China has jamming equipment in the South China Sea -- and the US may 'not look kindly on it'

US Navy/Mass Communication Specialist 3rd Class Kaysee LohmannAn EA-18G Growler assigned to the ‘Rooks’ of Electronic Attack Squadron (VAQ) 137 launches from the flight deck of the aircraft carrier USS Harry S. Truman (CVN 75) on February 28, 2018.
  • The US Navy’s USS Theodore Roosevelt aircraft carrier has reached the Philippines, and it looks like China has jamming equipment in the South China Sea.
  • Beijing has built and militarised artificial islands in the South China Sea, and is extremely touchy about US Navy ships sailing around them despite their legal status as lying in international waters.
  • While jamming isn’t anywhere near shooting, the provocative activity “could lead to an escalatory pattern that could be negative for both sides,” and the US will “not look kindly” on the practice, according to an expert.

The US Navy’s USS Theodore Roosevelt aircraft carrier has reached the Philippines, and reports from pilots on board the ship paint a troubling picture of growing tensions with China.

US officials told the Wall Street Journal early in April that intelligence officers detected China moving radar and communications jamming equipment to the South China Sea.

In addition to building and militarizing islands in the South China Sea, Beijing stands accused of encroaching on the Philippines’ territorial waters, something recently exacerbated by the reported appearance of Chinese military planes on a reef near the island nation.

Part of the Roosevelt’s mission in the Philippines was to demonstrate that if China crossed the line, the US, the Philippines’ ally, would have its back. A pilot flying an EA-18G Growler, the US Navy’s electronic attack version of the F-18 carrier-based fighter jet, seemed to confirm intelligence that China has jamming equipment on islands in the region.

China jamming US Navy carrier aircraft?

South China Sea MapCSIS/Asia Maritime Transparency InitiativeMap shows China’s maritime border claims and the islands it has moved to claim.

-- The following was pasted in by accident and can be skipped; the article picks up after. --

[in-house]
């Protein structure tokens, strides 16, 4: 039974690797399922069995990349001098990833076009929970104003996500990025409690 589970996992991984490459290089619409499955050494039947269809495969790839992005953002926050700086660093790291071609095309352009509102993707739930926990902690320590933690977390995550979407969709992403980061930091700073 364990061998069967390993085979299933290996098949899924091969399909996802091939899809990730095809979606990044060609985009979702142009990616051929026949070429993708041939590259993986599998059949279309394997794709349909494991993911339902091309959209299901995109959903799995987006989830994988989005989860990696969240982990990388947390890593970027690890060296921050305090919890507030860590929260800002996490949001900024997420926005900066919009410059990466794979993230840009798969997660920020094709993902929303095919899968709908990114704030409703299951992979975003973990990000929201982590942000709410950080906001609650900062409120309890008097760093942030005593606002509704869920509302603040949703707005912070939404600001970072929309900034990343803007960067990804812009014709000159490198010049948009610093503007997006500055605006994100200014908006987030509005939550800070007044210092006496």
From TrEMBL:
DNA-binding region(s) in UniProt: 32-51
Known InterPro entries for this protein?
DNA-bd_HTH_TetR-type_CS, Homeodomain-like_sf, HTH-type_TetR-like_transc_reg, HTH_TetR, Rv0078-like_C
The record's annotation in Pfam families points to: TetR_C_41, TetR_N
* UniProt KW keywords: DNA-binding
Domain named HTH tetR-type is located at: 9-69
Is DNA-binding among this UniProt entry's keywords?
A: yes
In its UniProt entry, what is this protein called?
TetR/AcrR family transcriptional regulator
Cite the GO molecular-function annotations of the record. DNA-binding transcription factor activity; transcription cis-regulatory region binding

“The mere fact that some of your equipment is not working is already an indication that someone is trying to jam you. And so we have an answer to that,” the pilot told GMA News Online.

“This is not something that the US will look kindly on or think they can overlook.” Omar Lamrani, a military analyst at geopolitical consulting firm Stratfor, told Business Insider, when asked about a potential jamming. “The US will likely seek to counter this in some way.”

While Lamrani said that jamming “can be dangerous” if it targets navigation or communication systems, the US Navy’s electronic attack aircraft can likely more than handle the challenge.

“The Growler is a very capable machine,” Lamrani said. “I doubt the Chinese can really affect that aircraft that much. This type of system will try to annoy them and interfere with them, but I don’t really think it will create a safety issues.”

But while manned aircraft can usually fight back against signal jamming, and pilots in a cockpit can always use their own judgment if communications or navigation is lost, jamming could pose a serious threat to the US Navy’s drones, as there’s no one in the cockpit, according to Lamrani.

If China is jamming US Navy aircraft flying in international airspace at sea, it serve as yet another sign that Beijing may disregard international law and norms to defend its South China Sea land grab.

According to Lamrani, while jamming isn’t anywhere near shooting, the provocative activity “could lead to an escalatory pattern that could be negative for both sides.”

Editor’s note: An original version of this story incorrectly stated that the EA-18G Growler pilot had experienced jamming in the Pacific. This article has been changed to report that the pilot described what jamming would be like and seemed to confirm that equipment was in the region.

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